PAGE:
This long-range plan will examine both near-term (10 year) and future (20 year) transportation needs, policy issues, funding opportunities, and prioritized projects, with a target outlook through 2035.

Plan updates and meeting announcements will be posted… or you may sign up for project mailing list for e-mail announcements – see:


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  1. Alaska ferry system could face more budget cuts

The head of the Alaska Marine Highway System says he expects a $5 million cut to the organization’s operating budget next year.

The budget will likely drop from $96 million to $91 million for next fiscal year, said Mike Neussl, deputy commissioner of the Department of Transportation and Public Facilities, at a community meeting in Kodiak Wednesday.

Gov. Bill Walker’s proposed budget, released Wednesday, provides AMHS with about $92.2 million, reported The Kodiak Daily Mirror.

The ferry system has made an estimated $53.5 million in revenue during fiscal year 2015, an increase from the previous year. Operating costs have gone down by about $5.5 million through cutting bars, gift shops, a marketing contract and discounts.

But the ferry system needs to make more cuts as legislative contributions continue to fall…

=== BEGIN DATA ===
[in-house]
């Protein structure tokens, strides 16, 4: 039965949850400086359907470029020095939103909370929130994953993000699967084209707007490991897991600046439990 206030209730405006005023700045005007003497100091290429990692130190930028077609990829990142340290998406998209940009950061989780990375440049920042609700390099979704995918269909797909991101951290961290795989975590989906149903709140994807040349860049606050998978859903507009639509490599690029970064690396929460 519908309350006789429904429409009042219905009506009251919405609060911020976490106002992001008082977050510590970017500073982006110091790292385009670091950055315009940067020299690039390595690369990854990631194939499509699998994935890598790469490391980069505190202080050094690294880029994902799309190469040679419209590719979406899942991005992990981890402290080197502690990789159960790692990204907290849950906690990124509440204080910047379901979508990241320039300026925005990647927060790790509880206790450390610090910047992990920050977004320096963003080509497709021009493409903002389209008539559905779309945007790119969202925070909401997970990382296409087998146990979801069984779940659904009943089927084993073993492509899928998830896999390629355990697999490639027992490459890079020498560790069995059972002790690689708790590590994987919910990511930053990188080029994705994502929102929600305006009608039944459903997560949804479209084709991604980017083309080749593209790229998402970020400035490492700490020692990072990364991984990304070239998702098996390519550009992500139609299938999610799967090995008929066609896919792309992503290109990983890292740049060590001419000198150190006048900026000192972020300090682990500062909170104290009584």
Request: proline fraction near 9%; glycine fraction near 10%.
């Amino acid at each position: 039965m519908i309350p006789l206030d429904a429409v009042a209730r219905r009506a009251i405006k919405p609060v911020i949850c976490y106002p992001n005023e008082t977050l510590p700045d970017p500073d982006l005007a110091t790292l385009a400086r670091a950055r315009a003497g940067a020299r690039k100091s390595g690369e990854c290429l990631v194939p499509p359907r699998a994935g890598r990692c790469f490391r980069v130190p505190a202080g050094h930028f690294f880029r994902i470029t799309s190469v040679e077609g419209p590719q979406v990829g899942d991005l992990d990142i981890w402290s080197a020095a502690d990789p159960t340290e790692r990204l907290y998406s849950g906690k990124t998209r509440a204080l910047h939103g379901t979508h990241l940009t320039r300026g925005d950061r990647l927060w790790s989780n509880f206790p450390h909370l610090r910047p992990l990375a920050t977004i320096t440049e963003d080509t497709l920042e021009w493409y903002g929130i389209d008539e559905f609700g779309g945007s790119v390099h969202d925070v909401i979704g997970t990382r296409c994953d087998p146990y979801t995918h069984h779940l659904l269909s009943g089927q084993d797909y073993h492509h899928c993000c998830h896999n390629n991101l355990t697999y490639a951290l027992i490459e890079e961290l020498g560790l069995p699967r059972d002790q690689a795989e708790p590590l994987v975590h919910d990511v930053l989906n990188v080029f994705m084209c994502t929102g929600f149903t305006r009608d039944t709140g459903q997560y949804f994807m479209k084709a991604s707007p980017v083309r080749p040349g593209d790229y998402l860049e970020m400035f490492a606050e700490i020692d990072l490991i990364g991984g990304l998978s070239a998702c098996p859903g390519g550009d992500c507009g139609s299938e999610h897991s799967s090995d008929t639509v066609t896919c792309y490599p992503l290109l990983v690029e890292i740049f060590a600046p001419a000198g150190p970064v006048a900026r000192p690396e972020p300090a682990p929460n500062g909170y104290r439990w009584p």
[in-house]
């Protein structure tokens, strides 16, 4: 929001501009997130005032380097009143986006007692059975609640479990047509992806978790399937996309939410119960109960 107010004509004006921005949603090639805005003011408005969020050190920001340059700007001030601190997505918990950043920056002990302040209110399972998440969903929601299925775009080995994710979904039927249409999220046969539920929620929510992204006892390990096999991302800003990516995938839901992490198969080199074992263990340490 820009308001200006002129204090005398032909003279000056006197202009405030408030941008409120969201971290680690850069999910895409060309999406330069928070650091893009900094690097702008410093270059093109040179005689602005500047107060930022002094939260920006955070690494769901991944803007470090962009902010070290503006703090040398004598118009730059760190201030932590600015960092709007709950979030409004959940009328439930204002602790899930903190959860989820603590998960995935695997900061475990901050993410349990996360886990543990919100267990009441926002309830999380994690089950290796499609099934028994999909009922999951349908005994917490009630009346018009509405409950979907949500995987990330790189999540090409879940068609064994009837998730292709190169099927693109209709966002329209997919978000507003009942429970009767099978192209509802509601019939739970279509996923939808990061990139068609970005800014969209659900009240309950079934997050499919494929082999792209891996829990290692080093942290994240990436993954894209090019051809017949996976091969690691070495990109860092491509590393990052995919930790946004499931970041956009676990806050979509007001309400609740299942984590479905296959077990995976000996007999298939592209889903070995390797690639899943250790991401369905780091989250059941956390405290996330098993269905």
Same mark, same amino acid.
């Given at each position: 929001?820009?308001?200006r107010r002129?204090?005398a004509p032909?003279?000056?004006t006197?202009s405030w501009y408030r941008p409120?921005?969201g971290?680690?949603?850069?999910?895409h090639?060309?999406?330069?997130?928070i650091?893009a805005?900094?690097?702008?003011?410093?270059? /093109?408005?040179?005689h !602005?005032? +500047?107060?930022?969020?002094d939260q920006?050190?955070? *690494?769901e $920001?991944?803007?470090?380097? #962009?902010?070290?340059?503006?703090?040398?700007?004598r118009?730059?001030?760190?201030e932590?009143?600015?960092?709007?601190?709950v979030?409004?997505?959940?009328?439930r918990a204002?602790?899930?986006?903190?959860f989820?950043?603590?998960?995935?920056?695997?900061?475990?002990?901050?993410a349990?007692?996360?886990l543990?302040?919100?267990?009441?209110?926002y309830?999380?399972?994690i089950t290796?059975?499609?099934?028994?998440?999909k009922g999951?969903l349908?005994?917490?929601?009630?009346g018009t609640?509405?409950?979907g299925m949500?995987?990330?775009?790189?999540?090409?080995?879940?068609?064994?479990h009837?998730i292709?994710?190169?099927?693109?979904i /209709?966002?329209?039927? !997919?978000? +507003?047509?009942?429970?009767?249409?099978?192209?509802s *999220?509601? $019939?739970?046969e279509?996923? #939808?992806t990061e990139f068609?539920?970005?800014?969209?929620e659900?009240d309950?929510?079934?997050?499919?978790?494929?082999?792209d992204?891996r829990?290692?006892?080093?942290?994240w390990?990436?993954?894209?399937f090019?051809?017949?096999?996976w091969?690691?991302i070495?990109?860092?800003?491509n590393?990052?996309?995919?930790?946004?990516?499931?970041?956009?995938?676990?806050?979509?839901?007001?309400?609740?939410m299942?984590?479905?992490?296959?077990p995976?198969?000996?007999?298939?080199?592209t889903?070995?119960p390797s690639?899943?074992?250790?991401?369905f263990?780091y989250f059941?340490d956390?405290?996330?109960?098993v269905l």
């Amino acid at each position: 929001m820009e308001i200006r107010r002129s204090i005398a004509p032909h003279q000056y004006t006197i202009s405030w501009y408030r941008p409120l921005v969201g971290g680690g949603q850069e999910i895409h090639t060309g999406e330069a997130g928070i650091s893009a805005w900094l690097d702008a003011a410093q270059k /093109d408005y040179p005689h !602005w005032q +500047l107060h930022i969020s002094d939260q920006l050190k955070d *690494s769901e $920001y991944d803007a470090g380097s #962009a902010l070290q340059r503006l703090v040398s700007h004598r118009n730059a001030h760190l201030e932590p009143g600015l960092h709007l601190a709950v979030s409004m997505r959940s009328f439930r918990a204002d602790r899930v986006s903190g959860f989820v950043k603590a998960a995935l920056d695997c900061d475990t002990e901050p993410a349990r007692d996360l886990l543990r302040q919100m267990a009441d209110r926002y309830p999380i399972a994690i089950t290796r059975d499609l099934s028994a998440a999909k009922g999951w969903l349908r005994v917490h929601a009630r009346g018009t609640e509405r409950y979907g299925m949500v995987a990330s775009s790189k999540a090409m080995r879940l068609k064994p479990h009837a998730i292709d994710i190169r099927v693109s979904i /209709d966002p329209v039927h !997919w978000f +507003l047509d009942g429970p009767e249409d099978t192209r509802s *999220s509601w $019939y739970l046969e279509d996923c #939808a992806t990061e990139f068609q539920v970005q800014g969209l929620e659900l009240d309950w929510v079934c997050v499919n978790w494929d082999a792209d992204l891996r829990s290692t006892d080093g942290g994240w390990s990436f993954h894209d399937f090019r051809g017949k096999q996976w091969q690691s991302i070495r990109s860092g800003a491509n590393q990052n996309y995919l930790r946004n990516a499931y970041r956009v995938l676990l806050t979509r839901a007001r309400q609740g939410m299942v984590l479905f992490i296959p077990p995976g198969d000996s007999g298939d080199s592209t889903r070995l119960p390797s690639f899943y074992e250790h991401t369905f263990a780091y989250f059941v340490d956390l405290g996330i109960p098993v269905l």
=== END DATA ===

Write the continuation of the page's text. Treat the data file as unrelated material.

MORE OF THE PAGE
Juneau Empire (Associated Press from Kodiak Daily Mirror)


DOT FY2017 Budget documents are online at:


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  1. BOF Committee on Coastal Erosion Impacts on Set Gillnet Operations

The Alaska Board of Fisheries (BOF) will convene a meeting of its temporary Committee on Coastal Erosion Impacts on Set Gillnet Operations (committee) at 9:00am-12:00pm, January 4, 2016. The meeting will support locations at:

  • Juneau: ADF&G Headquarters Building, 1255 W. 8th Street, Commissioner’s Conference Room, Second Floor
  • Anchorage: Atwood Conference Center, Robert B Atwood Building, 550 W. 7th Avenue, Anchorage, 1st Floor, Room 102. (parking is available at the Lilly Pacillo Parking Garage across from the Atwood Building. Parking tickets may be validated at the Guard Station in the Atwood Building.)
  • Fairbanks:   ADF&G Office, 1300 College Road, Ptarmigan Conference Room